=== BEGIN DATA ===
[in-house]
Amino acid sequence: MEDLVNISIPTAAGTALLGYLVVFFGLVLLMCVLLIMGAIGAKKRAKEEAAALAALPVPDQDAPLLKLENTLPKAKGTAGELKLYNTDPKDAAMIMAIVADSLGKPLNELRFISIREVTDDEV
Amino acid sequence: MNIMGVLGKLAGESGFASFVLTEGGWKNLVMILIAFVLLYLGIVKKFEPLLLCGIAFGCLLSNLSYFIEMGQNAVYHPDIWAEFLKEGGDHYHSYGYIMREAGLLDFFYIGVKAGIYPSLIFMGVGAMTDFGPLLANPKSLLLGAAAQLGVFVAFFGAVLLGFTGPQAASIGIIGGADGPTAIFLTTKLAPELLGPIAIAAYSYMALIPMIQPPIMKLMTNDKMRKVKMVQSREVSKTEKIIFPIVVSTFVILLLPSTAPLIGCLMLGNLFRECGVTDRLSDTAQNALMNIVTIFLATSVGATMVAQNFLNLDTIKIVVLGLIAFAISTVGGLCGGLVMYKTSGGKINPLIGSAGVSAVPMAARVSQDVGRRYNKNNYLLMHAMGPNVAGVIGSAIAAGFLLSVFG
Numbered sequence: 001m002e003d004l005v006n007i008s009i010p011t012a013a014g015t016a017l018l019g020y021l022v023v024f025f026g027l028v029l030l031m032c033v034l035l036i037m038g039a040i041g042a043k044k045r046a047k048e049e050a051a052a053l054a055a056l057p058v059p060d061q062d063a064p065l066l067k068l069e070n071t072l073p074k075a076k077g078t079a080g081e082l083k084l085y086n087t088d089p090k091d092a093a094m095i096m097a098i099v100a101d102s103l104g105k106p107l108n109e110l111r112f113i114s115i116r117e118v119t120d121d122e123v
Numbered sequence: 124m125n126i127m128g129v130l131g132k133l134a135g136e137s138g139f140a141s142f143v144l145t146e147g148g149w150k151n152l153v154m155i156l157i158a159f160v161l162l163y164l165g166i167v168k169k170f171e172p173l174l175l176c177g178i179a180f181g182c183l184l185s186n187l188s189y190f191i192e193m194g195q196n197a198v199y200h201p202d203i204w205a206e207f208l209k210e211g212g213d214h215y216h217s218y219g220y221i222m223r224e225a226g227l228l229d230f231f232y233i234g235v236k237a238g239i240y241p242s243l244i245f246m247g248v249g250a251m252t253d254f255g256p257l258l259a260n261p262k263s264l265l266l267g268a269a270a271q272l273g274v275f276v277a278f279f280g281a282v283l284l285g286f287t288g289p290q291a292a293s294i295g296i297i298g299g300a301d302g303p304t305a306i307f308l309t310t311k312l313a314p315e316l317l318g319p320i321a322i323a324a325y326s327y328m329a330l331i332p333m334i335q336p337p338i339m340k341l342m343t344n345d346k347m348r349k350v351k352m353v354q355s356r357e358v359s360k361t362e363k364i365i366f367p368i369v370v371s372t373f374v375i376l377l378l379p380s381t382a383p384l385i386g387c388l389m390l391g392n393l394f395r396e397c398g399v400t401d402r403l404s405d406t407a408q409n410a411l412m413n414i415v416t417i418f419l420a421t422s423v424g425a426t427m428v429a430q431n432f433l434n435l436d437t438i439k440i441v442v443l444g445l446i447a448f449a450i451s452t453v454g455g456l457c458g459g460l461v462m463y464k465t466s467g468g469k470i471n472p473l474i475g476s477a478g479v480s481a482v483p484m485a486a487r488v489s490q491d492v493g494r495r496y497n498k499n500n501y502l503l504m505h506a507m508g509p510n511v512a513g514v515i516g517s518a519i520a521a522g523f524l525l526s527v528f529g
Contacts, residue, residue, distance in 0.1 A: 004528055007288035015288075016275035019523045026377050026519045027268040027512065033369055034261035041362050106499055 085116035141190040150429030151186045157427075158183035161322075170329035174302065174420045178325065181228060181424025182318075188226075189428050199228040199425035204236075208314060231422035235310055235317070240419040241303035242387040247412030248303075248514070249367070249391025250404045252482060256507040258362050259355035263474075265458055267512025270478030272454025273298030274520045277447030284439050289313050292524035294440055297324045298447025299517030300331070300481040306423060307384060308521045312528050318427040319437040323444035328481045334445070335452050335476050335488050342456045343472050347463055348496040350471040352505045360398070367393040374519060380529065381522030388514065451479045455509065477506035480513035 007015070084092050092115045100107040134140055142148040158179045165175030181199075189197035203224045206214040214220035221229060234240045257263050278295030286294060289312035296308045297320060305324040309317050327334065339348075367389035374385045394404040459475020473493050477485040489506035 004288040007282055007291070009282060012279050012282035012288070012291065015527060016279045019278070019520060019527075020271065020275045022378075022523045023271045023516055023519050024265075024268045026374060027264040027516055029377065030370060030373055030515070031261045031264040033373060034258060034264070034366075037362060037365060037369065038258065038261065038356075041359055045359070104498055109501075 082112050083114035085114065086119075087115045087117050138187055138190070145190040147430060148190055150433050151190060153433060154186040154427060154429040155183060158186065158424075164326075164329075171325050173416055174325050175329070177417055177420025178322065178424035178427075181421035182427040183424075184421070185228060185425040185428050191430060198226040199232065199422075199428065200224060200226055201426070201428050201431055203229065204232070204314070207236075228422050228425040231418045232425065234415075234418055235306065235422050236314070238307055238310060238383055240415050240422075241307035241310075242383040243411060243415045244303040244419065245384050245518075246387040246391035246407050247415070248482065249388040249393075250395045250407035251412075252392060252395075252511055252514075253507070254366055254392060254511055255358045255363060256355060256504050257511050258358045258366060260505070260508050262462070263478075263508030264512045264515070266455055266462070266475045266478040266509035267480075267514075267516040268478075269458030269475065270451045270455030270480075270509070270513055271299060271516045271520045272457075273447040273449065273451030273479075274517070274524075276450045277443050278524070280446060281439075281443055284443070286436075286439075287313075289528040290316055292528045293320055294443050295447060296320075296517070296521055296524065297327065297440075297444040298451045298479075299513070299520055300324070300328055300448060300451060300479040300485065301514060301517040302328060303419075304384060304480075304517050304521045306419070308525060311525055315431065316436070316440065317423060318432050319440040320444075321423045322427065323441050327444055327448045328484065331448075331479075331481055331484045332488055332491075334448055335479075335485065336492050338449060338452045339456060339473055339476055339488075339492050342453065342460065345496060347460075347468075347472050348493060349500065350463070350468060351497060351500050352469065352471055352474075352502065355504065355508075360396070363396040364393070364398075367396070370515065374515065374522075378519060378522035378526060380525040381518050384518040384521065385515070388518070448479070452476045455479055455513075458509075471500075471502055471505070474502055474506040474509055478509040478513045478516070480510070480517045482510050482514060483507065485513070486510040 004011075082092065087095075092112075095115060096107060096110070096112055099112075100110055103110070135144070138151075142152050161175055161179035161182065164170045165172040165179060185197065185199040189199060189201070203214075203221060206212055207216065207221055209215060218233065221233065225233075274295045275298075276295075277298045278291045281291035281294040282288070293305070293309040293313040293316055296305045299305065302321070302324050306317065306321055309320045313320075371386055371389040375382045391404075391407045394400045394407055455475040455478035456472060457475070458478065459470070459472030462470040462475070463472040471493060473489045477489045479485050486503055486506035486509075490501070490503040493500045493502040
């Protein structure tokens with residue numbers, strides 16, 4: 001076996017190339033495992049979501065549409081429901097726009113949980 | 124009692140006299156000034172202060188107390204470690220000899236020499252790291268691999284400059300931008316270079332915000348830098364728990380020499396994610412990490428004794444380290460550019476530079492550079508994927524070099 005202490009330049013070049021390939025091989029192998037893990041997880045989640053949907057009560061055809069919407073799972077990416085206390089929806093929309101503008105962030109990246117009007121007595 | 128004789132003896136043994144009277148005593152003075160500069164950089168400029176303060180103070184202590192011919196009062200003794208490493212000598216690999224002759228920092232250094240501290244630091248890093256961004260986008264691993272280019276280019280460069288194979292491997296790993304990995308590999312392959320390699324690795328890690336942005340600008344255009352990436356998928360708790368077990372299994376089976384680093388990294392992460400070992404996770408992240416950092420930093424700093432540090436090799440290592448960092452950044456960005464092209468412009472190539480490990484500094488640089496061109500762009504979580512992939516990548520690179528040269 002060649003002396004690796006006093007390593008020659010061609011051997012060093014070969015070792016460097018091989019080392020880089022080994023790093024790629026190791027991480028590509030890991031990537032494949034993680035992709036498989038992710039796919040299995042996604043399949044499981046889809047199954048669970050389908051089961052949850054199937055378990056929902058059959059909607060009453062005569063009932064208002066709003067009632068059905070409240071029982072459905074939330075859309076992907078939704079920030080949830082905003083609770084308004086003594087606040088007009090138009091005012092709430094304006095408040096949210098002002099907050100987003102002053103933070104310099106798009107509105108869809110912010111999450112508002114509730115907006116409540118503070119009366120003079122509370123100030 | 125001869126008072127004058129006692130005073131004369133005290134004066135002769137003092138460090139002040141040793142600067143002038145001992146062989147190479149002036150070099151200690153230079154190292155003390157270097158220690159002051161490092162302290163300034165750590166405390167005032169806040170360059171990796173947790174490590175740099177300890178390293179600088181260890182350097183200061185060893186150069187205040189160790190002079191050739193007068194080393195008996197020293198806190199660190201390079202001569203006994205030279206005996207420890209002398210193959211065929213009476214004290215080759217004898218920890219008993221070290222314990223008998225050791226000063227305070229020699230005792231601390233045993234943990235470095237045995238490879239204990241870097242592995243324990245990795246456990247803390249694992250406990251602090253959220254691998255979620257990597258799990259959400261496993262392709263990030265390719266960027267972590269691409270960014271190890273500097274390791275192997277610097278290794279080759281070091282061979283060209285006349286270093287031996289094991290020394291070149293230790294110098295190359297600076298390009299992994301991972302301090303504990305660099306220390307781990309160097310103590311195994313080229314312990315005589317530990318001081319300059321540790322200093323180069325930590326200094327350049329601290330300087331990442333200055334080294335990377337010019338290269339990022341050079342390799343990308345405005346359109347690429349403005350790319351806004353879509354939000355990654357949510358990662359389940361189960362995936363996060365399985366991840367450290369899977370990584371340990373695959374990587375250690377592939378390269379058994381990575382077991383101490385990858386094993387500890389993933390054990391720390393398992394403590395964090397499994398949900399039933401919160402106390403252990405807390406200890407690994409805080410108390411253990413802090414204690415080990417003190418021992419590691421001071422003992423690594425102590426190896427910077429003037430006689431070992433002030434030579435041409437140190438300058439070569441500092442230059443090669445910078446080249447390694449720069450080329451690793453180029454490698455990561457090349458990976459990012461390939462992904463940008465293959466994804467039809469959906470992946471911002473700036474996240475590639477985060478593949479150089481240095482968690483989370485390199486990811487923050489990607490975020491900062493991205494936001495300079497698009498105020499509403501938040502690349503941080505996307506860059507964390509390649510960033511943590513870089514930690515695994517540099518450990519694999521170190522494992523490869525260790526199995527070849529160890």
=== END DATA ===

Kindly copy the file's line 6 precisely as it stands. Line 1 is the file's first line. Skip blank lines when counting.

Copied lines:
Contacts, residue, residue, distance in 0.1 A: 004528055007288035015288075016275035019523045026377050026519045027268040027512065033369055034261035041362050106499055 085116035141190040150429030151186045157427075158183035161322075170329035174302065174420045178325065181228060181424025182318075188226075189428050199228040199425035204236075208314060231422035235310055235317070240419040241303035242387040247412030248303075248514070249367070249391025250404045252482060256507040258362050259355035263474075265458055267512025270478030272454025273298030274520045277447030284439050289313050292524035294440055297324045298447025299517030300331070300481040306423060307384060308521045312528050318427040319437040323444035328481045334445070335452050335476050335488050342456045343472050347463055348496040350471040352505045360398070367393040374519060380529065381522030388514065451479045455509065477506035480513035 007015070084092050092115045100107040134140055142148040158179045165175030181199075189197035203224045206214040214220035221229060234240045257263050278295030286294060289312035296308045297320060305324040309317050327334065339348075367389035374385045394404040459475020473493050477485040489506035 004288040007282055007291070009282060012279050012282035012288070012291065015527060016279045019278070019520060019527075020271065020275045022378075022523045023271045023516055023519050024265075024268045026374060027264040027516055029377065030370060030373055030515070031261045031264040033373060034258060034264070034366075037362060037365060037369065038258065038261065038356075041359055045359070104498055109501075 082112050083114035085114065086119075087115045087117050138187055138190070145190040147430060148190055150433050151190060153433060154186040154427060154429040155183060158186065158424075164326075164329075171325050173416055174325050175329070177417055177420025178322065178424035178427075181421035182427040183424075184421070185228060185425040185428050191430060198226040199232065199422075199428065200224060200226055201426070201428050201431055203229065204232070204314070207236075228422050228425040231418045232425065234415075234418055235306065235422050236314070238307055238310060238383055240415050240422075241307035241310075242383040243411060243415045244303040244419065245384050245518075246387040246391035246407050247415070248482065249388040249393075250395045250407035251412075252392060252395075252511055252514075253507070254366055254392060254511055255358045255363060256355060256504050257511050258358045258366060260505070260508050262462070263478075263508030264512045264515070266455055266462070266475045266478040266509035267480075267514075267516040268478075269458030269475065270451045270455030270480075270509070270513055271299060271516045271520045272457075273447040273449065273451030273479075274517070274524075276450045277443050278524070280446060281439075281443055284443070286436075286439075287313075289528040290316055292528045293320055294443050295447060296320075296517070296521055296524065297327065297440075297444040298451045298479075299513070299520055300324070300328055300448060300451060300479040300485065301514060301517040302328060303419075304384060304480075304517050304521045306419070308525060311525055315431065316436070316440065317423060318432050319440040320444075321423045322427065323441050327444055327448045328484065331448075331479075331481055331484045332488055332491075334448055335479075335485065336492050338449060338452045339456060339473055339476055339488075339492050342453065342460065345496060347460075347468075347472050348493060349500065350463070350468060351497060351500050352469065352471055352474075352502065355504065355508075360396070363396040364393070364398075367396070370515065374515065374522075378519060378522035378526060380525040381518050384518040384521065385515070388518070448479070452476045455479055455513075458509075471500075471502055471505070474502055474506040474509055478509040478513045478516070480510070480517045482510050482514060483507065485513070486510040 004011075082092065087095075092112075095115060096107060096110070096112055099112075100110055103110070135144070138151075142152050161175055161179035161182065164170045165172040165179060185197065185199040189199060189201070203214075203221060206212055207216065207221055209215060218233065221233065225233075274295045275298075276295075277298045278291045281291035281294040282288070293305070293309040293313040293316055296305045299305065302321070302324050306317065306321055309320045313320075371386055371389040375382045391404075391407045394400045394407055455475040455478035456472060457475070458478065459470070459472030462470040462475070463472040471493060473489045477489045479485050486503055486506035486509075490501070490503040493500045493502040